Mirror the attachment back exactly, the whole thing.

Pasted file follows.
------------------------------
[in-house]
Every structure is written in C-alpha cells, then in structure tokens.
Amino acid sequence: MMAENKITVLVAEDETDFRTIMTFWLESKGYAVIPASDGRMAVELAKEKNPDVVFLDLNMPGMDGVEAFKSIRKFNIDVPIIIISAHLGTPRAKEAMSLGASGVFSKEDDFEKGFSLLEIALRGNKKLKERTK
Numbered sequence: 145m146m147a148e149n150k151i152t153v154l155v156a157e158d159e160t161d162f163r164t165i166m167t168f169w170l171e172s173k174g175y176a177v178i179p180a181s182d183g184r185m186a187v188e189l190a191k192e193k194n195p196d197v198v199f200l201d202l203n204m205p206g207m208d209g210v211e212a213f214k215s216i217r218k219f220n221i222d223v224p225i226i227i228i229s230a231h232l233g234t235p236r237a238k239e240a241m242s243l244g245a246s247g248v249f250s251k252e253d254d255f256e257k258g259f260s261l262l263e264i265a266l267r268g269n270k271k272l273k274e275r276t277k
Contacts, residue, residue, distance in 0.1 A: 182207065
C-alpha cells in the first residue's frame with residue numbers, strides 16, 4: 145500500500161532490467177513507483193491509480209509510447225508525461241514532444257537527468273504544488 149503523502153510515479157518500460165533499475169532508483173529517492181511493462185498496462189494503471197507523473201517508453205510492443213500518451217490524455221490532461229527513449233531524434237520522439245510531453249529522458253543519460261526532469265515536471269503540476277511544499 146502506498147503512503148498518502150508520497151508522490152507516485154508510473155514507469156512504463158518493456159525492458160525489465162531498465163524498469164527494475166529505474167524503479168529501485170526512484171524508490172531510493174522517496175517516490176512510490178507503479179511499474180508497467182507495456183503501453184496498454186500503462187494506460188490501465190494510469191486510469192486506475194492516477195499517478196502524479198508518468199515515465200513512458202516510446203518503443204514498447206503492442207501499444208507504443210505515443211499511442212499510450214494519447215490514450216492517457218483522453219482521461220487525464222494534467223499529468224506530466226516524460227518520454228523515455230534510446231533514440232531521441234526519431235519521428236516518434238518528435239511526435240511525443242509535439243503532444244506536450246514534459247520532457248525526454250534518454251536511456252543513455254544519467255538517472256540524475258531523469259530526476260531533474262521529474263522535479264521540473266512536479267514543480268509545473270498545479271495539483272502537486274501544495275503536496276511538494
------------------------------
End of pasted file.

[in-house]
Every structure is written in C-alpha cells, then in structure tokens.
Amino acid sequence: MMAENKITVLVAEDETDFRTIMTFWLESKGYAVIPASDGRMAVELAKEKNPDVVFLDLNMPGMDGVEAFKSIRKFNIDVPIIIISAHLGTPRAKEAMSLGASGVFSKEDDFEKGFSLLEIALRGNKKLKERTK
Numbered sequence: 145m146m147a148e149n150k151i152t153v154l155v156a157e158d159e160t161d162f163r164t165i166m167t168f169w170l171e172s173k174g175y176a177v178i179p180a181s182d183g184r185m186a187v188e189l190a191k192e193k194n195p196d197v198v199f200l201d202l203n204m205p206g207m208d209g210v211e212a213f214k215s216i217r218k219f220n221i222d223v224p225i226i227i228i229s230a231h232l233g234t235p236r237a238k239e240a241m242s243l244g245a246s247g248v249f250s251k252e253d254d255f256e257k258g259f260s261l262l263e264i265a266l267r268g269n270k271k272l273k274e275r276t277k
Contacts, residue, residue, distance in 0.1 A: 182207065
C-alpha cells in the first residue's frame with residue numbers, strides 16, 4: 145500500500161532490467177513507483193491509480209509510447225508525461241514532444257537527468273504544488 149503523502153510515479157518500460165533499475169532508483173529517492181511493462185498496462189494503471197507523473201517508453205510492443213500518451217490524455221490532461229527513449233531524434237520522439245510531453249529522458253543519460261526532469265515536471269503540476277511544499 146502506498147503512503148498518502150508520497151508522490152507516485154508510473155514507469156512504463158518493456159525492458160525489465162531498465163524498469164527494475166529505474167524503479168529501485170526512484171524508490172531510493174522517496175517516490176512510490178507503479179511499474180508497467182507495456183503501453184496498454186500503462187494506460188490501465190494510469191486510469192486506475194492516477195499517478196502524479198508518468199515515465200513512458202516510446203518503443204514498447206503492442207501499444208507504443210505515443211499511442212499510450214494519447215490514450216492517457218483522453219482521461220487525464222494534467223499529468224506530466226516524460227518520454228523515455230534510446231533514440232531521441234526519431235519521428236516518434238518528435239511526435240511525443242509535439243503532444244506536450246514534459247520532457248525526454250534518454251536511456252543513455254544519467255538517472256540524475258531523469259530526476260531533474262521529474263522535479264521540473266512536479267514543480268509545473270498545479271495539483272502537486274501544495275503536496276511538494